Opposition targets scandals, HST in Toronto byelection

Ontario’s governing Liberals are hoping to hang on to an importantToronto riding today as voters head to the polls for a crucialbyelection.

Ontario’s governing Liberals are hoping to hang on to an important Toronto riding today as voters head to the polls for a crucial byelection.

But opposition party candidates insist that voter anger over proposed tax harmonization and expense fiascos at provincial agencies will be enough to dislodge the Liberals from the seat they’ve held for a decade.

“People are really tired of more taxes, they’re tired of their taxes not being spent in a value-for-money manner,” said Tory candidate Sue-Ann Levy, a city hall columnist for the Toronto Sun who has taken a leave of absence to run for office.

NDP candidate Julian Heller, a lawyer and longtime resident of the riding, said the spending scandals at government agencies and the single sales tax are “lightening rods” for a community that’s already unhappy with the Liberals.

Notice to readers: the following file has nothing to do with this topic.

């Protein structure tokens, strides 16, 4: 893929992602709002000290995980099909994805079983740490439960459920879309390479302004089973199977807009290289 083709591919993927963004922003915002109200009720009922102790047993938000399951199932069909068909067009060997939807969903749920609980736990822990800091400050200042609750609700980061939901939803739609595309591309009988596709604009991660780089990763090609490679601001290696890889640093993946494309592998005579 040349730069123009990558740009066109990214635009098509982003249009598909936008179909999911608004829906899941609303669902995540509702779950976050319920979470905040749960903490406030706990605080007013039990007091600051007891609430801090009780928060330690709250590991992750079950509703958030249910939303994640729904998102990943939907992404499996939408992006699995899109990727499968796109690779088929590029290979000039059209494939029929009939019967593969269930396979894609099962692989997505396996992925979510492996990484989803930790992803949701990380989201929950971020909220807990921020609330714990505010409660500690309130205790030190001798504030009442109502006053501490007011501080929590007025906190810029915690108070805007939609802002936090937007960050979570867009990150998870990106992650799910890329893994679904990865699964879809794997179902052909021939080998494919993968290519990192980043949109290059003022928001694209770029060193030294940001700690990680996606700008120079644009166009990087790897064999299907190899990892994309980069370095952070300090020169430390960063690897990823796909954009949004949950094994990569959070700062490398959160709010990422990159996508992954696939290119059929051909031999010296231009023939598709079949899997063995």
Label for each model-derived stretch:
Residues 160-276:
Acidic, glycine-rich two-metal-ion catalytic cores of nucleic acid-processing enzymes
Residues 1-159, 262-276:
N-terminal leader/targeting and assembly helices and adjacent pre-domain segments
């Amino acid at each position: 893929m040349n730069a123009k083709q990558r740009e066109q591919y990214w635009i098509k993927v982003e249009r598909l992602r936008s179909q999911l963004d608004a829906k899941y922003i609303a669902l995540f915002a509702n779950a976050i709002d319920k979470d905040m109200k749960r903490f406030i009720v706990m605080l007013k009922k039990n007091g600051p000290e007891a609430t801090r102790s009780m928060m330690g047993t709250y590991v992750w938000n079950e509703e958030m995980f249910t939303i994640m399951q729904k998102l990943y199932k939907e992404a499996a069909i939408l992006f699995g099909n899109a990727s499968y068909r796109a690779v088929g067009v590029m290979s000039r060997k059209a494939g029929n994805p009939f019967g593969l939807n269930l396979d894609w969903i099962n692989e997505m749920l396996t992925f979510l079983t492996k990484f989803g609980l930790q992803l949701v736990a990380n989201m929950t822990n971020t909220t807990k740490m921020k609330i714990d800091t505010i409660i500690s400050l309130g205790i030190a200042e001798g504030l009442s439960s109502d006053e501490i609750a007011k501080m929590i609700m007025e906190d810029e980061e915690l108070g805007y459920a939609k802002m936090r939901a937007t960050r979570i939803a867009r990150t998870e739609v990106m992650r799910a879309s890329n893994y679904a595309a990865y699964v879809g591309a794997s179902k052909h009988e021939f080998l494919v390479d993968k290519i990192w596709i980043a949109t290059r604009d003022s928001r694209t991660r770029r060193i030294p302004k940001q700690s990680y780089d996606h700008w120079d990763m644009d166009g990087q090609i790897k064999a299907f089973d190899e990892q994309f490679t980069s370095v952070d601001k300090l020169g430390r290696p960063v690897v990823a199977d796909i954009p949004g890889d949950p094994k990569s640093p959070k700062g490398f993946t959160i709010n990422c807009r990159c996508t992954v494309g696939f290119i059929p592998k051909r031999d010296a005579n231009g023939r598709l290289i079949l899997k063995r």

McGuinty remained optimistic yesterday, saying his government’s record on such issues as education, health care, the environment and the economy will also influence voters.

Dr. Eric Hoskins, a former adviser to Lloyd Axworthy who helped create War Child Canada, is carrying the Liberal banner in the riding but was unavailable for comment yesterday. Chris Chopik will represent the Green Party.

One expert believes the Conservatives, who are eager to attract urban voters, have more to gain in the race than the Liberals.

PC leader Tim Hudak played down his party’s chances of victory yesterday, calling the riding a “Liberal stronghold” even though it was held by the Conservatives before former cabinet minister Michael Bryant won it in 1999.